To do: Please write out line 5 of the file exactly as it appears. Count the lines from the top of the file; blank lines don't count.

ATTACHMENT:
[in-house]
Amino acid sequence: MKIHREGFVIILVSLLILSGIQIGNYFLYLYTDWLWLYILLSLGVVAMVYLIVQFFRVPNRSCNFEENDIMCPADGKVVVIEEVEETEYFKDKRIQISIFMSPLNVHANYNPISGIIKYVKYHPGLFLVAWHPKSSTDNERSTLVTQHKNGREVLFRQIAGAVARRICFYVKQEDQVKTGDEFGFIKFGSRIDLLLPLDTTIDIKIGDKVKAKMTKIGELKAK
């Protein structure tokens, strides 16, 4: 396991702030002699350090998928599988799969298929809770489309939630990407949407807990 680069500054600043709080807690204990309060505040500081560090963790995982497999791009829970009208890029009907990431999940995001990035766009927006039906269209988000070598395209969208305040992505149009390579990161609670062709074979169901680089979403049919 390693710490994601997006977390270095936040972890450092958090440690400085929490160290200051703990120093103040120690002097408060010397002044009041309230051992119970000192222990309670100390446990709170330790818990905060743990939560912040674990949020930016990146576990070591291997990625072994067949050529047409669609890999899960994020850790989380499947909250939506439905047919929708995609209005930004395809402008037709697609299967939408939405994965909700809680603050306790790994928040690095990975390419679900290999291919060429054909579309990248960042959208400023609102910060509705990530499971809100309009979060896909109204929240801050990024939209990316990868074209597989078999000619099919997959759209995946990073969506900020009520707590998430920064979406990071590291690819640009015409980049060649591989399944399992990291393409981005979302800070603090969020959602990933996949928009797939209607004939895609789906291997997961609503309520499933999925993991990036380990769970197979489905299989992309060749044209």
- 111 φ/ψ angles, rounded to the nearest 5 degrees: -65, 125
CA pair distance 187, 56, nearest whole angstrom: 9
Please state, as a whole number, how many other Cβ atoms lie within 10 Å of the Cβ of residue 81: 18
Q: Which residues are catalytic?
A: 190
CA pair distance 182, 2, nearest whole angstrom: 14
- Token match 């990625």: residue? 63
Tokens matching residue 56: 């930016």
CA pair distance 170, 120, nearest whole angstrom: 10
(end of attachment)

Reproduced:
CA pair distance 187, 56, nearest whole angstrom: 9